BTW: where would one go to vote for Mr. Gaudette? A link would help …

    • defenceman factory

      Why do you think he is in the AHL next year? I think Gaudette has a good shot at making the big club. He will turn 22 at the start of next season, is 6’1″ and I expect comes to camp at about 190lbs.

      With Gagner, Gaunce, Dowd and Chaput being the depth at center conceivable maybe even likely Gaudette rises above that crop. A year in the AHL isn’t necessarily a bad thing just wondering why you would assume that’s where he will play.

      • LTFan

        I would agree that Gaudette has a shot at making the Canucks. RealPB, IMO, is just being conservative and looking at who is on the roster at the moment and in Utica. If he started in Utica he probably wouldn’t be there that long.

      • TheRealPB

        I just didn’t want to overhype him. I think he’s a really good prospect, but not everyone makes the jump to the rigors of the NHL right away, especially given how different college schedules are (major junior is a better approximation of the pro game schedule). That said, Hutton and Stetcher, not just Boeser, made the jump right away so clearly it can be done.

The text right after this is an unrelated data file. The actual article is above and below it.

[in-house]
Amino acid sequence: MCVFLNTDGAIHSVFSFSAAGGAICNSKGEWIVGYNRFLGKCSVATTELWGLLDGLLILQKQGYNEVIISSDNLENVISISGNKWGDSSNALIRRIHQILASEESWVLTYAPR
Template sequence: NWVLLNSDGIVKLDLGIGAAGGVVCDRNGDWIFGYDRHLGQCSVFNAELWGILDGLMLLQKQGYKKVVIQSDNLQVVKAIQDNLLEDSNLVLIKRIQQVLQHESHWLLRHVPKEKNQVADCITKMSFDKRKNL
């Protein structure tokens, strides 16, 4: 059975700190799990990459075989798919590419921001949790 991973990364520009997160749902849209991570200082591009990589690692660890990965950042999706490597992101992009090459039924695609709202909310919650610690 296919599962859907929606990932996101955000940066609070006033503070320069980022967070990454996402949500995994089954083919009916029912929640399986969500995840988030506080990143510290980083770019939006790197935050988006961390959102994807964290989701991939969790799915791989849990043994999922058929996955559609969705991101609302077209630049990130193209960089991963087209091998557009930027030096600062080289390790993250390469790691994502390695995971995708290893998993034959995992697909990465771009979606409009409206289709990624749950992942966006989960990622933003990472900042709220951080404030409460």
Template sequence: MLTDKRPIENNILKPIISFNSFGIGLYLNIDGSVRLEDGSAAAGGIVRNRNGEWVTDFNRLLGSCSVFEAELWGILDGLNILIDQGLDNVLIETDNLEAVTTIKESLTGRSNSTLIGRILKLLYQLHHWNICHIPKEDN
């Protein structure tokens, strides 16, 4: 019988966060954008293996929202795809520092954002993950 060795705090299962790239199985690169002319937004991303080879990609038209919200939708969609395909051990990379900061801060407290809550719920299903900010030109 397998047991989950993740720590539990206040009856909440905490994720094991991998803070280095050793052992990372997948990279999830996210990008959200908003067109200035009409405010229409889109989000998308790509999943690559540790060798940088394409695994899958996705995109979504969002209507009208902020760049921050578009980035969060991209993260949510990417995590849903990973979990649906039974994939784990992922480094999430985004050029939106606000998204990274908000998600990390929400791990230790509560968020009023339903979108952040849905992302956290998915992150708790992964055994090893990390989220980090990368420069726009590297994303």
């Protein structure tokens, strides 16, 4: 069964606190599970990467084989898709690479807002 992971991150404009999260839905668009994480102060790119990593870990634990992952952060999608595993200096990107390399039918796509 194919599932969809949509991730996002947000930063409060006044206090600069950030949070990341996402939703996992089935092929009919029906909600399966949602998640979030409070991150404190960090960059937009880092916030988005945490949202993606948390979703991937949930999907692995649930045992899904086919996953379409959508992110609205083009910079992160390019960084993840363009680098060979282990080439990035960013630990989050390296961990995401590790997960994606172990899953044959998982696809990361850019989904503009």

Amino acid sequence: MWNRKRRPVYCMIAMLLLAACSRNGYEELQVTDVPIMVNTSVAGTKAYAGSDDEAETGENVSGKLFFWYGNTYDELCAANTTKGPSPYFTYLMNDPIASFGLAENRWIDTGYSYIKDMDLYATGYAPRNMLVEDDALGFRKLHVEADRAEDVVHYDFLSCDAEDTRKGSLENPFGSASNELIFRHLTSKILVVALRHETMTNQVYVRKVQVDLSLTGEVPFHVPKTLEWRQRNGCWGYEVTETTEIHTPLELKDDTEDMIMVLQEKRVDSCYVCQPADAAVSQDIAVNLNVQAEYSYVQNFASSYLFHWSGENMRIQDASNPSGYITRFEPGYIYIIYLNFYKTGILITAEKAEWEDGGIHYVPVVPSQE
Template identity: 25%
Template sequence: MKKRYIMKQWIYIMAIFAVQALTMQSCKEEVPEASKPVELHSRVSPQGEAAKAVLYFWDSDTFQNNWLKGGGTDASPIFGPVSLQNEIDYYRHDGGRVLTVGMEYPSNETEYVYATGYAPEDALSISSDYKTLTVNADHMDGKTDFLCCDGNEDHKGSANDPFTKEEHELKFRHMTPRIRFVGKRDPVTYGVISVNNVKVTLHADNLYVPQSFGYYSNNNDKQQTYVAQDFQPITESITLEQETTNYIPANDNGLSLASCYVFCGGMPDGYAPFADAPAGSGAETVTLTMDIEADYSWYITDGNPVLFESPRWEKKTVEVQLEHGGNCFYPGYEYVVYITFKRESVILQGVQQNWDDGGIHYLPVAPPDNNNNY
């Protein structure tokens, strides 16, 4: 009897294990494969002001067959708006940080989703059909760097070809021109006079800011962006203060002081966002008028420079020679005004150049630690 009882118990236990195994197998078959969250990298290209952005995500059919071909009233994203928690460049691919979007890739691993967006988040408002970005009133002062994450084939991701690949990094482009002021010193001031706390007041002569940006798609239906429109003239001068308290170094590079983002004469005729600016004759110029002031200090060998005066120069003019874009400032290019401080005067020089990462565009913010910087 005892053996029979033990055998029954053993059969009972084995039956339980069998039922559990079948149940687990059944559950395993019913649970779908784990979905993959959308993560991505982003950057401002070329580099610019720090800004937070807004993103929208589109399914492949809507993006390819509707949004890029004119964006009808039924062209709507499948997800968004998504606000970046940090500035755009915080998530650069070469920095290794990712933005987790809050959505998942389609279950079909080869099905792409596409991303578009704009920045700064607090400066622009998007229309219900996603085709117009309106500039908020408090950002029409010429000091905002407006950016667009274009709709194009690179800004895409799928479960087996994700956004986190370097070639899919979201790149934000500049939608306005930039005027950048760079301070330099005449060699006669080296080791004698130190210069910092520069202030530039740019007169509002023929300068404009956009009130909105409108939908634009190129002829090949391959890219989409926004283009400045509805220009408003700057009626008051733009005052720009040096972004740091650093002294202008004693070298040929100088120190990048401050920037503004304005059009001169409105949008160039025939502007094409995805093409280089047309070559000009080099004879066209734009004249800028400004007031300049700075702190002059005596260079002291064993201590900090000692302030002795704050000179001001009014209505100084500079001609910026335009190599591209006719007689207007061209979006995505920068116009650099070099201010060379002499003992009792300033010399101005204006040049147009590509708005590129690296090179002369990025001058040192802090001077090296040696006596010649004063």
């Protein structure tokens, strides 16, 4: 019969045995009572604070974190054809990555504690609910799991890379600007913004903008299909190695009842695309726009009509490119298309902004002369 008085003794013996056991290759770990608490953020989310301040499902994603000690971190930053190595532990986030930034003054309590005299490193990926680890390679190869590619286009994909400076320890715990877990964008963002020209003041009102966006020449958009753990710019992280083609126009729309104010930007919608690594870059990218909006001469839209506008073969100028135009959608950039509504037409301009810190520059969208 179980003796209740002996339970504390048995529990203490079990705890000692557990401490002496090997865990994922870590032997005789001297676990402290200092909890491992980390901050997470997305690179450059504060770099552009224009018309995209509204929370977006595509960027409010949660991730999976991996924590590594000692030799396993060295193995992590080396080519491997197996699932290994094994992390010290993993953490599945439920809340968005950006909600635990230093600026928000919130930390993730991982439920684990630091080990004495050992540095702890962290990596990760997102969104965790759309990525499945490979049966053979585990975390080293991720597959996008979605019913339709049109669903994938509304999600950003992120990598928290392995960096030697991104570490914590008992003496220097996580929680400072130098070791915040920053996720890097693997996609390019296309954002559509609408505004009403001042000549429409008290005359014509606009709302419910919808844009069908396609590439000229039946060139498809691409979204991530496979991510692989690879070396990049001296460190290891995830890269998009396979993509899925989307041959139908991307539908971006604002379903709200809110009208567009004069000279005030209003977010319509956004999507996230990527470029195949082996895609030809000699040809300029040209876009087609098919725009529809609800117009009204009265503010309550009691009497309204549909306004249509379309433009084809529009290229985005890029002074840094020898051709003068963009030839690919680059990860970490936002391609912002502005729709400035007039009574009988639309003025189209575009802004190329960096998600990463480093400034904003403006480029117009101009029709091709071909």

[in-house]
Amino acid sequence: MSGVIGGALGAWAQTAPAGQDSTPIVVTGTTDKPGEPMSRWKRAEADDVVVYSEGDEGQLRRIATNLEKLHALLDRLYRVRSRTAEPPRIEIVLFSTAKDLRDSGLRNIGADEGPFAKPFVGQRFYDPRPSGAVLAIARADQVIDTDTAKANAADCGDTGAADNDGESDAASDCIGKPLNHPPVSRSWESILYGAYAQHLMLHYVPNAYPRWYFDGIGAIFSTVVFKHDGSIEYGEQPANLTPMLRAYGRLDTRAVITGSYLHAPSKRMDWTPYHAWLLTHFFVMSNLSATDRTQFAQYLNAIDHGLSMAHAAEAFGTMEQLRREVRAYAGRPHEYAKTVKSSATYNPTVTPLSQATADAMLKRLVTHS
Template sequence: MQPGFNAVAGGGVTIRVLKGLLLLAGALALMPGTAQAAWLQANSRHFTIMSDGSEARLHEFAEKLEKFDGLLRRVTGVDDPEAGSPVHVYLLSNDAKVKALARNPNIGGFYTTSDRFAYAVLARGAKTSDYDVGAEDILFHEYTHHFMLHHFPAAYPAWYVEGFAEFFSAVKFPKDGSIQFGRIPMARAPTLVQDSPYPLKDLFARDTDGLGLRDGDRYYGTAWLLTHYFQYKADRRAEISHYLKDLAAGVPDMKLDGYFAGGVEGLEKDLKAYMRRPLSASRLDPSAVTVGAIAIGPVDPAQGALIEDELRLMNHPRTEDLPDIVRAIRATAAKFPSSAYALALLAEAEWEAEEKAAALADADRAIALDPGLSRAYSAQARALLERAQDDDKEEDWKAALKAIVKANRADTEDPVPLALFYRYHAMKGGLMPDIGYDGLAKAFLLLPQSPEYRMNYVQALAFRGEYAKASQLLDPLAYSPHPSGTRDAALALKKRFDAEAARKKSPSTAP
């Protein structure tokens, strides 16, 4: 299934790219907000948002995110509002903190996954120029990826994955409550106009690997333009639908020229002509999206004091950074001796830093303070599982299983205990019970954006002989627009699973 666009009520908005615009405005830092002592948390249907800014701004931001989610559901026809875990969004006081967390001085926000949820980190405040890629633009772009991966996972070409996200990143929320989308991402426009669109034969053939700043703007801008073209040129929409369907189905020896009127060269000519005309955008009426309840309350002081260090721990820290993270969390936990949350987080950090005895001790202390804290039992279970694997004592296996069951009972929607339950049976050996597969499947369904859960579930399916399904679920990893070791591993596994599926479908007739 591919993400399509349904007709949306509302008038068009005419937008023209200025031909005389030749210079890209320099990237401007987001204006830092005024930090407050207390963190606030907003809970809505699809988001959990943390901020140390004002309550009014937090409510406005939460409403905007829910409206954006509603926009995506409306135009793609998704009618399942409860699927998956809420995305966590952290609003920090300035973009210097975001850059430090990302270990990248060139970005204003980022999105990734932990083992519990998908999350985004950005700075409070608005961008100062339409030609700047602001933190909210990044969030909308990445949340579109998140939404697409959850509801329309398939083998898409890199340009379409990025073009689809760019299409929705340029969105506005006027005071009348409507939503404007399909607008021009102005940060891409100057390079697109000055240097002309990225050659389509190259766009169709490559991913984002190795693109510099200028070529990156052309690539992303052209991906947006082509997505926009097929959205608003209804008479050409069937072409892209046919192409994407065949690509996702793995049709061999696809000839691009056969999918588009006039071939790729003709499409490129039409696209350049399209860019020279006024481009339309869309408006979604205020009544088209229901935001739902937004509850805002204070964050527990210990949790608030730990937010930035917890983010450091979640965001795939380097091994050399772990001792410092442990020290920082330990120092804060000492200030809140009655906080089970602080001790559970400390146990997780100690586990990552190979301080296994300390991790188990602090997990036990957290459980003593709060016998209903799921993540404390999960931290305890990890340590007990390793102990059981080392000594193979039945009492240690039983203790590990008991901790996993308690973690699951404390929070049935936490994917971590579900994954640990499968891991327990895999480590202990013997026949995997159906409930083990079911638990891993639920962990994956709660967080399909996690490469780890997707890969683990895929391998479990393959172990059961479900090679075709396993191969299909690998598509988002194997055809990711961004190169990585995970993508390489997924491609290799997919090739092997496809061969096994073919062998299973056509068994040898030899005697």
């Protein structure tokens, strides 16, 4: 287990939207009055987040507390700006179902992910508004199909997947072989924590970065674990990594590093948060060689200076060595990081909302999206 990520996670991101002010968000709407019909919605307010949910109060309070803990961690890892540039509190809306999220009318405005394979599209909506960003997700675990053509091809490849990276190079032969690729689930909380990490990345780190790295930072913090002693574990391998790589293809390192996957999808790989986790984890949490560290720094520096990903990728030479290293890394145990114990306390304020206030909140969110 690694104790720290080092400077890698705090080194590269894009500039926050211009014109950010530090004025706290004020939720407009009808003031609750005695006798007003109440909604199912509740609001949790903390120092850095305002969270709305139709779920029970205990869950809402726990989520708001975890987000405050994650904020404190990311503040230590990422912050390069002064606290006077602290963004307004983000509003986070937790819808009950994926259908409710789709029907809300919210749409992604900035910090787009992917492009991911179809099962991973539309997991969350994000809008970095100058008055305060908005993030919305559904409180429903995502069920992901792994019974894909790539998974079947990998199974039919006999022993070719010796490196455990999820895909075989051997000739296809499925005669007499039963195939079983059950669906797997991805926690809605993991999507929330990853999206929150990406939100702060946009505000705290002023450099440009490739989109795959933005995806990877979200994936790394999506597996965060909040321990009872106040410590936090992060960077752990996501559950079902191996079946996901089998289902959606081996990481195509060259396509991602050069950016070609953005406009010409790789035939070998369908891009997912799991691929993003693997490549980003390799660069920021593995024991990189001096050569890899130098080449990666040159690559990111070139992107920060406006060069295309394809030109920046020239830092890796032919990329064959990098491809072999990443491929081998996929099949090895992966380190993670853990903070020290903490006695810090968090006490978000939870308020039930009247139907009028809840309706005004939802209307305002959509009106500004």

• Fortitude00

          Was watching his highlights he doesn’t look like a great skater but he gets a lot of breakaways. Seems like a smart hockey player Canucks certainly need those. It be nice if Henrik retires and slot this guy in if he’s good enough to play 3c. Bring him along slowly like they originally planned with Horvat.

  • I like his comment,”We’re all on the same page.”
    There is room for Adam on the big team and I look forward to seeing him in blue and green. That should happen towards the end of this season.
    It’s hard to believe he was available and drafted in the fifth round.

    • Goon

      In retrospect – at the time it made sense. He did not have a great draft season in the USHL.

      The fifth round seems to be the magic round for the Canucks – they’ve picked more NHLers out of the fifth round over the past six or seven years than any round but the first – Frank Corrado, Ben Hutton, Gustav Forsling, and Adam Gaudette have all been fifth rounders for the Canucks in recent years.

        • TheRealPB

          Forsling has already played 78 games as a 21-year-old in the NHL. Corrado’s a tweener whose career in my opinion was badly derailed by the Leafs dumb waiver games, but that doesn’t make him a bad pick in the fifth round. And I would say that our fifth round has been relatively great overall — Mike Brown was a face puncher but still played over 400 games. And our best 5th rounder remains Bieksa.

          Also, Gaudette was our second fifth round pick that year — the first being Carl Neill who only really excelled on the Carl Neills and is now plying his trade in Canadian college hockey. We got the pick from the Rangers for Raphael Diaz who we traded Dale Weisz for. Gillis doesn’t get much credit for this deal but it is one we should thank him for.